And what are we to make of the behaviour of Ivory Danford, who in the wake of the third supernatural laugh leaves not merely Farthing, but England, sending back a letter boasting of a love affair that could never have happened? Or that of Beaufoy Rivers, who claims that he heard the three laughs before his own father’s suicide, and who is seen doffing his hat to the portrait of Sir Amyas Rivers, who gave up his wife to be burned alive rather than lose his estate – a ritual that tradition dictates is carried out by the owner of Farthing…?
Although a mystery and a detective story, The Mysterious Partner is not really a “whodunit”. Throughout, the police are privy to information that the reader is not, and so while it is possible to form a theory about the identity of the killer or killers, a full explanation is necessarily beyond the reader’s capabilities. That said, Fielding does do an extremely good job of distracting the attention from the plot details that really matter, so unless you’re paying minute attention, by the end you may not even have a proper theory, let alone the rest. The building complication of the story – ultimately there are at least three different mysteries developing in parallel, and occasionally overlapping – gives the novel a kind of Chinese puzzle-box structure, where the challenge is to divide plot-thread from plot-thread, and to place the characters correctly.
The Mysterious Partner is also the kind of mystery that depends very much upon its geography for its solution: Fielding spends quite some time upon the descriptions of Farthing, and the relative placements of its different sections and rooms. This made it rather hard going for me, as I tend to struggle with that kind of thing. This is not, I emphasise, at all a criticism of the novel itself – although it may serve as a warning for anyone who is, like myself, at all spatially challenged.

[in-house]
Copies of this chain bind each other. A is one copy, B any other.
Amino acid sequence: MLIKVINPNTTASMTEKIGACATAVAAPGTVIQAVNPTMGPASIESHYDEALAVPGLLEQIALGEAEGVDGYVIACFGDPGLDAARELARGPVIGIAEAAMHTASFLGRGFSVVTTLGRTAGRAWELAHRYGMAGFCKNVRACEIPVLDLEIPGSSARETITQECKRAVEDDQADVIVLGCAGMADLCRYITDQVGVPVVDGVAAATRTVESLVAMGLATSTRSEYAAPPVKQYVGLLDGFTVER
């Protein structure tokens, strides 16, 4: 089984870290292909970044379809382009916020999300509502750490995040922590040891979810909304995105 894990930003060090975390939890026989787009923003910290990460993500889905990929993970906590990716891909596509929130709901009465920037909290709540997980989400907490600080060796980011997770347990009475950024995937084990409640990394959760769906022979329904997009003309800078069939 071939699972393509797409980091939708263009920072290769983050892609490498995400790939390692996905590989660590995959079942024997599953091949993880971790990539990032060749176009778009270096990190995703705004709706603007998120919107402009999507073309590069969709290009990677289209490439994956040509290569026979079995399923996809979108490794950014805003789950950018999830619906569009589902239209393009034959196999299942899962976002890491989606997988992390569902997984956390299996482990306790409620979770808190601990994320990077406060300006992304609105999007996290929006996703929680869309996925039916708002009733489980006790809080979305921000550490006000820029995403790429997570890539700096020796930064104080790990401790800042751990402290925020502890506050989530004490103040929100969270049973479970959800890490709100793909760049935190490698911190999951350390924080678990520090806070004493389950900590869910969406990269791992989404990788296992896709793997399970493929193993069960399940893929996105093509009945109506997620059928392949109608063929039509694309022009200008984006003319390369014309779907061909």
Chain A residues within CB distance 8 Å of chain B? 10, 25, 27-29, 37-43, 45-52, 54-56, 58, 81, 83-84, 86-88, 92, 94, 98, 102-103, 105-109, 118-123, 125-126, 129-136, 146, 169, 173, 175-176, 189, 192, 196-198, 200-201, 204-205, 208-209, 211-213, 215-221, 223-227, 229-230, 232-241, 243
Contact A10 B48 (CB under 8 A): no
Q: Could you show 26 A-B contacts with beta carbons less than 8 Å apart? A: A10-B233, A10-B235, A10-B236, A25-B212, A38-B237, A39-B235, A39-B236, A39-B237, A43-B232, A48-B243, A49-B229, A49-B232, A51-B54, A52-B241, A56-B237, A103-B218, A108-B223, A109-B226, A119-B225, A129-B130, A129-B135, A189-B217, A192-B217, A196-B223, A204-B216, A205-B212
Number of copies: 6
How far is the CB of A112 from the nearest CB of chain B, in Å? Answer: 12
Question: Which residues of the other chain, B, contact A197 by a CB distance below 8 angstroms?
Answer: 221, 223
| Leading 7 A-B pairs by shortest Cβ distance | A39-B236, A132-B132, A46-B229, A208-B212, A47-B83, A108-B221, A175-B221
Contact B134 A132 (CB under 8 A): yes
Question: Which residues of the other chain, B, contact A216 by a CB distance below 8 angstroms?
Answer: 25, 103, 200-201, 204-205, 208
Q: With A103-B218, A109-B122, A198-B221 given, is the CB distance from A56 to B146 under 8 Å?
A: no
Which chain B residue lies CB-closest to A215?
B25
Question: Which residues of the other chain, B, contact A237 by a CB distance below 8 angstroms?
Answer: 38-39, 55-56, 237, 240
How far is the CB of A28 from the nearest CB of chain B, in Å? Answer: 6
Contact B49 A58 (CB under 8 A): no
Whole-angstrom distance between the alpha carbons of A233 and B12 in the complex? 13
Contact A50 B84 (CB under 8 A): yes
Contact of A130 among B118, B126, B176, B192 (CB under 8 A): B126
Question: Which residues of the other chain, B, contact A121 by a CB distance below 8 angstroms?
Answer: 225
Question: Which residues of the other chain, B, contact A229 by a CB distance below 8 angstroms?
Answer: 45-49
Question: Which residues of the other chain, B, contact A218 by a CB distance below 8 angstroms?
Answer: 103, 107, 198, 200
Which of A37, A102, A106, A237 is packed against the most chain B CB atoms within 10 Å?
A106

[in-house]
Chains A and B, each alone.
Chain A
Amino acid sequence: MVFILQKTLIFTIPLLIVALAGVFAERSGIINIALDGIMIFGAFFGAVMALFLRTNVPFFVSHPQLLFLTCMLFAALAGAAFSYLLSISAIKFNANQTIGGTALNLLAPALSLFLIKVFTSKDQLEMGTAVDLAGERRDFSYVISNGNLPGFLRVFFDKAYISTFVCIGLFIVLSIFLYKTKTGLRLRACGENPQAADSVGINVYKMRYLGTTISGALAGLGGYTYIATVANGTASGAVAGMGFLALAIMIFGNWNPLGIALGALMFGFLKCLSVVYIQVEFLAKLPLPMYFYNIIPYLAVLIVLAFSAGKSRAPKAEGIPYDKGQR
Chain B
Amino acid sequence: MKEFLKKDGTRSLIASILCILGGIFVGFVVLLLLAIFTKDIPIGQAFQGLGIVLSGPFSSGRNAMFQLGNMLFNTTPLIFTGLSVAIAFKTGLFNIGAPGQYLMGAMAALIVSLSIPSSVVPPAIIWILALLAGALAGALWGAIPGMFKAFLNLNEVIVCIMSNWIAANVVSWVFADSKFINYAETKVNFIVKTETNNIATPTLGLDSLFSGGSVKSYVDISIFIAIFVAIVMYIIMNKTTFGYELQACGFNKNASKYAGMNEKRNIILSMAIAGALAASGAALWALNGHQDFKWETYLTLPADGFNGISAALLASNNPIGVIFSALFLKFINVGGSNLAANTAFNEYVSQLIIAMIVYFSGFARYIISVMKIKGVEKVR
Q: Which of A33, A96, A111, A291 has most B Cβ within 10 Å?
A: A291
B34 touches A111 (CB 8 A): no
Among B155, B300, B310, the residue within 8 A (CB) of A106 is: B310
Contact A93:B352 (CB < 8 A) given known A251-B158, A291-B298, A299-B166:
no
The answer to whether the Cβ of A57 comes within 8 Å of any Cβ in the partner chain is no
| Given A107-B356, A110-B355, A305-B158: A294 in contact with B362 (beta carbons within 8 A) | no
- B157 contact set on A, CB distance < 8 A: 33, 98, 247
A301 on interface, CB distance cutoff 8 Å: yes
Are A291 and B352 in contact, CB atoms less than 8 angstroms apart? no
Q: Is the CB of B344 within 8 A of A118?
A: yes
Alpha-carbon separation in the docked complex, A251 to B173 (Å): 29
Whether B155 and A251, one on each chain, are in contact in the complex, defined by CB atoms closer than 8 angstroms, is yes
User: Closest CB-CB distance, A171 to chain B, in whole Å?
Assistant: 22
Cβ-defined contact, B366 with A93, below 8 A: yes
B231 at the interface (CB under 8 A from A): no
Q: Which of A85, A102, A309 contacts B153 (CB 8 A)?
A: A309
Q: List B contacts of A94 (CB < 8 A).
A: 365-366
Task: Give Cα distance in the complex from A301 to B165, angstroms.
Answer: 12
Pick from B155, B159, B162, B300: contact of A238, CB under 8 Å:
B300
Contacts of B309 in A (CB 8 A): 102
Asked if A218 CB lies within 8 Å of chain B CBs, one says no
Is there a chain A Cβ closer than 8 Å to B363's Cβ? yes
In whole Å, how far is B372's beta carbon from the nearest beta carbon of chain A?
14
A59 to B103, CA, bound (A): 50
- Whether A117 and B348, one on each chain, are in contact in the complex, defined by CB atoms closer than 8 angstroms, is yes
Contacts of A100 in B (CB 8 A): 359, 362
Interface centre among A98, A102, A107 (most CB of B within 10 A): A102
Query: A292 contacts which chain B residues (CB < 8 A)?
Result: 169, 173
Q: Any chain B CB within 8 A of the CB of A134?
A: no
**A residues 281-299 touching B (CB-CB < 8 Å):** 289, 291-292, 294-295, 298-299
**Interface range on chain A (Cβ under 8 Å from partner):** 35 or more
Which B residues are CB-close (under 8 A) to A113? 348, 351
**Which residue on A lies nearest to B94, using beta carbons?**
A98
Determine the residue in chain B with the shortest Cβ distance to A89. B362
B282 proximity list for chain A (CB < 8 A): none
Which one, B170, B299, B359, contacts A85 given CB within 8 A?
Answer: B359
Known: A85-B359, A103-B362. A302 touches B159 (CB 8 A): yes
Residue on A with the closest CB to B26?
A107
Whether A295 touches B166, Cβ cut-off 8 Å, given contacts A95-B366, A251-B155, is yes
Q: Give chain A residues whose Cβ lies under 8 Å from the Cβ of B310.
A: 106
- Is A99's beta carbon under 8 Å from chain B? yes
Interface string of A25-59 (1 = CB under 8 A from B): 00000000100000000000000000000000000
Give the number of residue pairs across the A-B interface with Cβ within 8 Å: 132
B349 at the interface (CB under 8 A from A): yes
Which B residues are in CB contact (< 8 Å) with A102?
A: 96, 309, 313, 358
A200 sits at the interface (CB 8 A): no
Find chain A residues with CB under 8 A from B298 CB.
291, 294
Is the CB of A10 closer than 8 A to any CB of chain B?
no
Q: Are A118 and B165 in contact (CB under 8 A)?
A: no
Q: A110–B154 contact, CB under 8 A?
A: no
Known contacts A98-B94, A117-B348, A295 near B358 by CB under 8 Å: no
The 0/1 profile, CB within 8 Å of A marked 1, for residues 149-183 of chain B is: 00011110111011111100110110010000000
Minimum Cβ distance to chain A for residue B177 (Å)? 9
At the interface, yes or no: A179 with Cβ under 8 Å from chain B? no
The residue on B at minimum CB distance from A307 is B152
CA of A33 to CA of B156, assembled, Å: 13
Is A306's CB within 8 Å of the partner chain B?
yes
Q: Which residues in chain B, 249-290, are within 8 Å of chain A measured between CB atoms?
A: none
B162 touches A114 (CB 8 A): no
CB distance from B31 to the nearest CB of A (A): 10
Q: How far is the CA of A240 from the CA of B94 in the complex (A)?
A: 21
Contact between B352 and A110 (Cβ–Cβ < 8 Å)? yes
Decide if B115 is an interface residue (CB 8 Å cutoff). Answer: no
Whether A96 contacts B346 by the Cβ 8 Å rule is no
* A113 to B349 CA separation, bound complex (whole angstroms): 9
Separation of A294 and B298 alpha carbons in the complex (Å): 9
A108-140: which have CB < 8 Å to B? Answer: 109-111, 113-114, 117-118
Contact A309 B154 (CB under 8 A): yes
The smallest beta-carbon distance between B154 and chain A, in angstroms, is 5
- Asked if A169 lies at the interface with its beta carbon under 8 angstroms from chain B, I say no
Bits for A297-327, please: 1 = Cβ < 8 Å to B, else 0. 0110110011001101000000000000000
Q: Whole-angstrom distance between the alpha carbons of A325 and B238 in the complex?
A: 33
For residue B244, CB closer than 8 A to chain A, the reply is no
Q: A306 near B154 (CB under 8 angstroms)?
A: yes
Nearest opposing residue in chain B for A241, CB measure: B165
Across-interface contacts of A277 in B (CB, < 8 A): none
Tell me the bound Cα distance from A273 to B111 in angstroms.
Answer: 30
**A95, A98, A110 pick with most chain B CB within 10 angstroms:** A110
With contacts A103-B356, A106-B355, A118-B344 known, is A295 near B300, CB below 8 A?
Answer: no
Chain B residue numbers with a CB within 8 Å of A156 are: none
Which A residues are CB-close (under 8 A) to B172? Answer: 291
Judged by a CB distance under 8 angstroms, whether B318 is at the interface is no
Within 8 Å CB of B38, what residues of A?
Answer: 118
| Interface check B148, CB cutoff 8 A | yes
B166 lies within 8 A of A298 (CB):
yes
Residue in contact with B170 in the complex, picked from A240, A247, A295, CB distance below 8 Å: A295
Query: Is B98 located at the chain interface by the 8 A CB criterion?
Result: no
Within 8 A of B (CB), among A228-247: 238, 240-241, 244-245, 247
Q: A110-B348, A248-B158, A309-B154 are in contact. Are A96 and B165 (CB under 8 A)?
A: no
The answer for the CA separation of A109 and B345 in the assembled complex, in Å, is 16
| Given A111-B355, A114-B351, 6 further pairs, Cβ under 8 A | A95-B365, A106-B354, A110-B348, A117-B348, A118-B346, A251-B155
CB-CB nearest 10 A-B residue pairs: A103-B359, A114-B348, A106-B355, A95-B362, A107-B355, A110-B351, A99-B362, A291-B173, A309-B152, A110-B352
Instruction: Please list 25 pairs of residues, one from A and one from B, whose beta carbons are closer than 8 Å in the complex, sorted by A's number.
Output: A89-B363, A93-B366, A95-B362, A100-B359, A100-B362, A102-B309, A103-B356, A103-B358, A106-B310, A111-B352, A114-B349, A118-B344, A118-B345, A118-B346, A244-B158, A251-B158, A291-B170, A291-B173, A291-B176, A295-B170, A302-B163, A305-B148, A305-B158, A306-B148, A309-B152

It was, I gather, A. Fielding’s way to support the professional against the amateur – somewhat against the British tradition. There are some nice passages in the book that speak admiringly of the advanced technology available to the police force, particularly by way of transport. A desperate chase finds Pointer behind the wheel of, “The Yard’s fastest car…a British Mercedes Benz, 36-220 h.p., a Grand Prix sports supercharger model, as yet invincible on the road…” Earlier, Pointer flies cross-country from the site of the mail robbery he’s been investigating to Farthing: “By train it would have taken half a day, by car a good two hours to get across country to Norbury, but Pointer’s Blue Bird flew it in under thirty minutes.” The point is made that Pointer – representing the police – is the very model of the modern Man Of Action. (And as it turns out, he once represented England at soccer—sorry, football.) But Pointer is also a thinker, and a man with a great belief in the scientific expertise of the Yard’s forensic investigators. The elucidation of the crime – or rather, the elucidation of the role played by a particular individual in the events surrounding the crime – rests upon footprint identification and soil analysis.
Beside Pointer, the amateur detective so beloved of English novelists doesn’t stand much of a chance. Here, the character of Stephen Marjoribanks functions primarily as a foil for the Chief-Inspector, the latter cool, logical and reasoning, the former tending to follow his instincts. Which is not so say that Marjoribanks is always wrong; he’s just not right as often as Pointer, and we become wary of relying upon his deductions. And speaking of instincts, the following passage is perhaps the only moment in the novel when you might guess the sex of its author:
“Woman’s intuition is a wonderful thing!” agreed Boodle.
“Any intuition is a wonderful thing!” corrected Marjoribanks.